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Preparing the Garden for Winter

With the coming of late October and November, the days are getting shorter, there is an autumnal bite in the air, and soon winter will be here. So it is now time to get the garden in good shape for the cold dark days ahead. But what exactly should you be doing? Here are some suggestions.

  • Give the garden lawn some care by raking away leaves, and adding an autumn lawn fertiliser.

  • Dig up weeds and annuals (plants that only last a year) from your flower beds and compost them. Cut back perennials, (plants that grow every year) and compost all but the hard twigs. Make sure that you know whether the plant needs cutting to the ground or requires some growth left. Protect tender rooted plants with a thick mulch of wood chip.

  • Non hardy plants, such as dahlias and gladioli, need to be dug up, either once they have begun to die back or after the first heavy frost. Once lifted from the ground, leave them out in the sun for a few hours to dry out. Once dried, clean them gently, removing any attached soil, and lay carefully in an open box containing sawdust or sand. Place the box in a cool, dry place such as a shed or garage and protect them from mice etc.

  • If you have a pond, it's a good idea to cover it with netting to stop leaves falling in the water and rotting. Also, if you have fish, place a tennis ball on the water to stop the pond from totally freezing over in the depths of winter, this will allow the water to breathe.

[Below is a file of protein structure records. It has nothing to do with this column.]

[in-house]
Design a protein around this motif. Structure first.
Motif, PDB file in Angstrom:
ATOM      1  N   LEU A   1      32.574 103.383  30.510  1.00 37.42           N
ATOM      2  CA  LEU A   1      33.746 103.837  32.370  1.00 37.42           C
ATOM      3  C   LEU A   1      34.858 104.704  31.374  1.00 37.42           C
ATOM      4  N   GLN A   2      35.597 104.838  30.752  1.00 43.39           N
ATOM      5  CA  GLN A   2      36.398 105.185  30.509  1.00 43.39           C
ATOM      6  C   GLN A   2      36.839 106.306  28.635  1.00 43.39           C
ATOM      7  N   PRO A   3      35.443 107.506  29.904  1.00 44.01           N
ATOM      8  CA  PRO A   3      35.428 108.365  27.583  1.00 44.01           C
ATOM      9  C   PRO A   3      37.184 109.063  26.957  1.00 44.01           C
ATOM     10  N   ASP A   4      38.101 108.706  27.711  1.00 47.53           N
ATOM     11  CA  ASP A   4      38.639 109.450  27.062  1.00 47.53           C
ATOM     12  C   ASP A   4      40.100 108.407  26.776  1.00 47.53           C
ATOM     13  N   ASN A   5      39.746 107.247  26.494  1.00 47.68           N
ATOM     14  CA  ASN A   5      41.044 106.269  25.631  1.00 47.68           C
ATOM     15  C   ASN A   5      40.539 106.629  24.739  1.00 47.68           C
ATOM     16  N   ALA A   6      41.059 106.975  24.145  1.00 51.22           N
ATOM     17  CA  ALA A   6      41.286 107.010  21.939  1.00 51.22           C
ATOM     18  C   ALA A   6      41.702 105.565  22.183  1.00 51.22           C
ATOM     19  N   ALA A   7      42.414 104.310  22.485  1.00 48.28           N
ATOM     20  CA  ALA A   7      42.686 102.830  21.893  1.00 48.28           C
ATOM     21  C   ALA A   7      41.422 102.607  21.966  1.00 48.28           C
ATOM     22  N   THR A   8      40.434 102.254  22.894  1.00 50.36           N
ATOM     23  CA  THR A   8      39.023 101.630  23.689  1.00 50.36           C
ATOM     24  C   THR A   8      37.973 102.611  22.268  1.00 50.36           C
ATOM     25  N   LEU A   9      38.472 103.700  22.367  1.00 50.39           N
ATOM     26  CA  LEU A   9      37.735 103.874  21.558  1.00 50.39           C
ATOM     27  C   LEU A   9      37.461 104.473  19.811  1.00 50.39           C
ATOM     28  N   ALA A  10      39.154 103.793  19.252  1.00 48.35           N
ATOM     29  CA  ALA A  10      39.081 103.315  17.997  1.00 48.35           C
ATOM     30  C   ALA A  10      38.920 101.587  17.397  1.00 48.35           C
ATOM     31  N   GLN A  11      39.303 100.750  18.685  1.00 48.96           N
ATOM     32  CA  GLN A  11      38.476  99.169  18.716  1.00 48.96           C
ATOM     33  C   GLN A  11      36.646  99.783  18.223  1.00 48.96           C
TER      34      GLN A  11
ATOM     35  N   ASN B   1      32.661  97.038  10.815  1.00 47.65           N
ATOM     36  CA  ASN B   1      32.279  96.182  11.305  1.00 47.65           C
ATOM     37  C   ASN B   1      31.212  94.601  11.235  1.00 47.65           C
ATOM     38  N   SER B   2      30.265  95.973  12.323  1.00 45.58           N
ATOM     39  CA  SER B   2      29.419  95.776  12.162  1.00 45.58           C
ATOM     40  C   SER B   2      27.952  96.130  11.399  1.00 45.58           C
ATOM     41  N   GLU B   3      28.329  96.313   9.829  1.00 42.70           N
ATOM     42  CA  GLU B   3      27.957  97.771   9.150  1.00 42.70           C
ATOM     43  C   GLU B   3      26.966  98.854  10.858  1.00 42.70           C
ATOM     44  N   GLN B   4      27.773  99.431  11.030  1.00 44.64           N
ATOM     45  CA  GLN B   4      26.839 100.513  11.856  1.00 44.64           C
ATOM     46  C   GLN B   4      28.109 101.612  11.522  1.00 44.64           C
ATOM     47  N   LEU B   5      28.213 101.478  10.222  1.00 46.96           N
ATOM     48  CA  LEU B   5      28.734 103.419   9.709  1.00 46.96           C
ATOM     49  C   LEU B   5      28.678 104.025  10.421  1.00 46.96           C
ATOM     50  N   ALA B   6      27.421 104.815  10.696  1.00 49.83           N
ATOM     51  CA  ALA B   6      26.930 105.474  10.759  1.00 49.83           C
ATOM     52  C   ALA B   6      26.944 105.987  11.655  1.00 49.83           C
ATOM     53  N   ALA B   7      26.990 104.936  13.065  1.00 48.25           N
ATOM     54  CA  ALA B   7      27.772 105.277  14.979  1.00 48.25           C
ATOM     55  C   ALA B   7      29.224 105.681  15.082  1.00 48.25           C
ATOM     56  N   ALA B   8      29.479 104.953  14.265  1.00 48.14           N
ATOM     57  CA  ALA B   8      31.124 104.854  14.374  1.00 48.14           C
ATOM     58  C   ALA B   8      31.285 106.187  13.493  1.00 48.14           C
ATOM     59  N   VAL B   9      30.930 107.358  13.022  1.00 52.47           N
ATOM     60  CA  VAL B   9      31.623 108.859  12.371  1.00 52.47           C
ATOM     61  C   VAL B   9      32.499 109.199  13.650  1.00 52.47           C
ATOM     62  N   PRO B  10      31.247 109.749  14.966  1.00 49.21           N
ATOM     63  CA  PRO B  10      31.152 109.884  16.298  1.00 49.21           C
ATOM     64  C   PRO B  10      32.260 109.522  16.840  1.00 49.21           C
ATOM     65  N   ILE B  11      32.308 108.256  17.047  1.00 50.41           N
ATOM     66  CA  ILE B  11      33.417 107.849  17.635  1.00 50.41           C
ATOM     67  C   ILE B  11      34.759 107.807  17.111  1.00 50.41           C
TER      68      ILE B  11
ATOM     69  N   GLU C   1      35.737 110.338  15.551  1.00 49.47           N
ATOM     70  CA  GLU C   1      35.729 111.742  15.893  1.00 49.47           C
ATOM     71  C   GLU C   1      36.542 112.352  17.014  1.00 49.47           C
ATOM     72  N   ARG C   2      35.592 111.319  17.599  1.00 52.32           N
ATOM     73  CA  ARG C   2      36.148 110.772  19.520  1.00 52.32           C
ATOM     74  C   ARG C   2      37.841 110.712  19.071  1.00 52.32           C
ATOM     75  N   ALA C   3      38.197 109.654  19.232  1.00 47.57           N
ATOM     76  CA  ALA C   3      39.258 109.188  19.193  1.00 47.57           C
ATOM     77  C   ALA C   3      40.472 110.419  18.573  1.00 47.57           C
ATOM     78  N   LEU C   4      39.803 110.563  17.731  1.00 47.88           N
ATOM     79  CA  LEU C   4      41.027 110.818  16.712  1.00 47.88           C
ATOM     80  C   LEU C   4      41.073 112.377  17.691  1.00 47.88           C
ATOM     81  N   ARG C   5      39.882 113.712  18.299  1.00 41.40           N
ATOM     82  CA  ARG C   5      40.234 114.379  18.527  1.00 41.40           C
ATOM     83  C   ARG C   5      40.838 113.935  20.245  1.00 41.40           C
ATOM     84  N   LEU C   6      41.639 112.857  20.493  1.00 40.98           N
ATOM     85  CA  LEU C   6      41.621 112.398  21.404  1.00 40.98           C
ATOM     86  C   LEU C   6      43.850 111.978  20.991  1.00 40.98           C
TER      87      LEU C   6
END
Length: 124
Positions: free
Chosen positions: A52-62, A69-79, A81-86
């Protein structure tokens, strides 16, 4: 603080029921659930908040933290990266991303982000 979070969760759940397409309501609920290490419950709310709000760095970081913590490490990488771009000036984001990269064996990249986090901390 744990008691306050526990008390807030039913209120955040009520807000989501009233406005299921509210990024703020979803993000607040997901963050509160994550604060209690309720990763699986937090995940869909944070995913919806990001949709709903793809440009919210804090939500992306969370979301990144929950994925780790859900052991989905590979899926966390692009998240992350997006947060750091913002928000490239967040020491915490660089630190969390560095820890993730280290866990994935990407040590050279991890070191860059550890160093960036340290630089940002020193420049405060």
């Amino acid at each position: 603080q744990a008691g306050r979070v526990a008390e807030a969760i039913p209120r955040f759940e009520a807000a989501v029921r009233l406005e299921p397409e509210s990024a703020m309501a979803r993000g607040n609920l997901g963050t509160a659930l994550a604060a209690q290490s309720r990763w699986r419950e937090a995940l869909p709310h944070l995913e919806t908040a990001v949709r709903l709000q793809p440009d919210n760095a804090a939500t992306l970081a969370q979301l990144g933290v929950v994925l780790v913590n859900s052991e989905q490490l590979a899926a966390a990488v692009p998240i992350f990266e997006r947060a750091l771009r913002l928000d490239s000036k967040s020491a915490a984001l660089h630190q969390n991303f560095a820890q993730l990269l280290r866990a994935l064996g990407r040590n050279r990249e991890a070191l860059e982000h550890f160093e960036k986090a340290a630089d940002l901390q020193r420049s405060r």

• Plant bulbs. Whether in drifts in the ground, or in containers, bulbs will provide a rich tapestry of vibrant colour in the spring. Make sure the bulbs are planted at a depth of two to three times their height. To plant in drifts, scatter handfuls of bulbs, and plant where they land for a naturalistic look.

  • Now is a perfect time to do any repairs to your fence, shed and other garden structures and also to retreat wood with preservative on a dry day. Also, put away your garden furniture in the garage or shed, or cover for the winter.

  • If the soil is dry, give your garden one last good watering before the ground freezes.

  • Trees and shrubs will need attention too. Any dead or diseased branches need to be removed but don’t be too ambitious in doing this yourself; the cost of a tree surgeon is less than a branch through a greenhouse or a branch on the head.

  • Once plants are dormant, it is a good time to lift and relocate any plant that you want to move.

  • Put up bird feeders. Encouraging birds to visit to feed during the winter season will mean that come next spring, you will have a small army of feathered friends to gobble up slugs and other unwanted garden inhabitants.

  • And as the days grow cold, the best task of all. Put your feet up with a nice cup of tea, a pile of catalogues of beautiful plants & seeds, and spend an leisurely few hours planning what you need to plant to make your garden look amazing next year.

 

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